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Women in Northern Ghana have little access to justice - Survey

2009-05-12 22:22:52
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Northern Women
A study conducted by the Institute of Local Government Studies, has shown that women in the Northern Ghana have little access to justice, even with the passage of the Domestic Violence Law.

The research said the courts, Legal Aid and Domestic Violence and Victim Support Unit were non-existent in most districts the survey was conducted, making it difficult for women in the north to report cases of human rights abuse.

Dr Callistus Mahama, the Deputy Director of the Institute of Local Government Studies, who carried out the study entitled: "Women's Access to Justice and the Court System in Ghana - A case study of Northern Ghana", presented the findings in Tamale on Monday. Dr Mahama said women continued to be denied access to justice because they constituted the chunk of the country's poor and vulnerable people and could hardly pay to have their grievances redressed due to the high cost of justice.

He said negative socio-cultural practices and low-level of education had also contributed to the denial of women access to justice since most of them particularly those from the North were illiterate. Dr Mahama called for increased education for women and the public on the justice systems the country in order to enlighten people and bring about equity and improved accessibility. The research recommended that the government, civil society organisations and other stakeholders ensure the abolishment of obnoxious cultural practices that continued to hinder access to justice in the country particularly in Northern Ghana. The Northern Regional Director of the Commission on Human Rights and Administrative Justice, Mr Iddrisu Dagia, who reviewed the research, noted that the language was technical and quite above the understanding of the ordinary person.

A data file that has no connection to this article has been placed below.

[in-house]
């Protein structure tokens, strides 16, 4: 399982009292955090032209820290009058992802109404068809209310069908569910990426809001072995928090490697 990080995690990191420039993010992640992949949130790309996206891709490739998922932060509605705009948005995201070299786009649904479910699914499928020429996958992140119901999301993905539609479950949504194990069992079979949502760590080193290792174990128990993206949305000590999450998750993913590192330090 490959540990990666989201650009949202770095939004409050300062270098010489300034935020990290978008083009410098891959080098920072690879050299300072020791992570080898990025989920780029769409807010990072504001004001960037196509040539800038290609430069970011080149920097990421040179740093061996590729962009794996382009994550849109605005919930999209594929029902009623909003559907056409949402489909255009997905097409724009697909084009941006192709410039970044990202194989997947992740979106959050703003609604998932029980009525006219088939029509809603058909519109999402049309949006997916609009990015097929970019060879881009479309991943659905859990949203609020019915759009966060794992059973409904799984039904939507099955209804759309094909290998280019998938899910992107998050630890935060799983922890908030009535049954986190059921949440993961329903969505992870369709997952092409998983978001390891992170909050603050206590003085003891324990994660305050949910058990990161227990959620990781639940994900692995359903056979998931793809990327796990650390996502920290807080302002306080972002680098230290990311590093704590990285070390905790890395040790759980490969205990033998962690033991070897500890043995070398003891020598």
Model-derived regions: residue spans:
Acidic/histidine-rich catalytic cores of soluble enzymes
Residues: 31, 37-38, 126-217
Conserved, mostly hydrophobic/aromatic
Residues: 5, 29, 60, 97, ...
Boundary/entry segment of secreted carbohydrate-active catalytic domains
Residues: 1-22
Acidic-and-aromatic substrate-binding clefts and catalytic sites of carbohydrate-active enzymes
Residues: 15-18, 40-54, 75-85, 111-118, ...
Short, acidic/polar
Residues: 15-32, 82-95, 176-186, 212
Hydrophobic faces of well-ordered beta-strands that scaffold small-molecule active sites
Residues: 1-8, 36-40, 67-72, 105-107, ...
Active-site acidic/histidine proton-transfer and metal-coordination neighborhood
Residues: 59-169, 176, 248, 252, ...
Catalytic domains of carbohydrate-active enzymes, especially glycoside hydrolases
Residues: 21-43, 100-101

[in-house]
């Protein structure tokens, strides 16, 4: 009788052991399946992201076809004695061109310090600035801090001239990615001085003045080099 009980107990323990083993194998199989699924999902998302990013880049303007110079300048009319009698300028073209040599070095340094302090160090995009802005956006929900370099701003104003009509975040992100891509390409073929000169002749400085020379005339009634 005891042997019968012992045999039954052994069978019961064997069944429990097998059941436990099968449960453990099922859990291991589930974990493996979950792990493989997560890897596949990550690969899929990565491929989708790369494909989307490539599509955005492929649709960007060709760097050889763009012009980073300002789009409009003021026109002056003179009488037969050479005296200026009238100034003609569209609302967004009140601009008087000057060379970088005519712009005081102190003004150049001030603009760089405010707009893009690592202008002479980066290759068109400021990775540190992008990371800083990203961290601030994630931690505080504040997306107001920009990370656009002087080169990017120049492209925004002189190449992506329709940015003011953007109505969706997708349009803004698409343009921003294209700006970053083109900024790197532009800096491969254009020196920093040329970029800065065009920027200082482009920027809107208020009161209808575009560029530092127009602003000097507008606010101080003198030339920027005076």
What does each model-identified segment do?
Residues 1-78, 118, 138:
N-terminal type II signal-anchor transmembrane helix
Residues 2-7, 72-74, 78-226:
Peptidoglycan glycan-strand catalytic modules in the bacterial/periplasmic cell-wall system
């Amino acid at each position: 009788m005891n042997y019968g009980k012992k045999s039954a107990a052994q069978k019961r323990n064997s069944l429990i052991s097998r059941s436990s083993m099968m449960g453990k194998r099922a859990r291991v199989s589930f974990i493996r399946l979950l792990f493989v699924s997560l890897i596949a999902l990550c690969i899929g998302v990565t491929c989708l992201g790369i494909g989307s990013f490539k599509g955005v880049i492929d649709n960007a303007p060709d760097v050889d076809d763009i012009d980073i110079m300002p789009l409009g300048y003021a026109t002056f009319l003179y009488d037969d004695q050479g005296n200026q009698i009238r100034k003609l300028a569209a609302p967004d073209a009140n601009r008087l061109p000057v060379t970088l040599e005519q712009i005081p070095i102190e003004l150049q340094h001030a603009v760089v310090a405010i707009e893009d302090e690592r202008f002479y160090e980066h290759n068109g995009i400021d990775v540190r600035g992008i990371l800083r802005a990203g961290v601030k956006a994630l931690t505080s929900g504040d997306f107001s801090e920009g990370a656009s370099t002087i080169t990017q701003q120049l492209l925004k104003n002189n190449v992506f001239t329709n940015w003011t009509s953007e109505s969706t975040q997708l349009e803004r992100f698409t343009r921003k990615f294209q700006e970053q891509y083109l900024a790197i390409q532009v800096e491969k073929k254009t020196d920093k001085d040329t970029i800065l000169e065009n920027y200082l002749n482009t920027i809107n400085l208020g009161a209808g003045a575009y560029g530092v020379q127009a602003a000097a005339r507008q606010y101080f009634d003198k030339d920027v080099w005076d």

He, therefore, advised that future studies should take note of that and make the report more reader friendly for the ordinary person. Mr Dagia, however, commended the researcher for delving into such a sensitive area of public concern and said there was the need for greater advocacy to help women in Northern Ghana to have access to justice. He was not happy that even though the Domestic Violence Law had been passed, only few people were aware of it.

Madam Saratu Mahama, Northern Regional Director of the Federation of Women Lawyers, who launched the book, appealed to Government to resource institutions mandated to carry out justice so that women's rights would always be protected.


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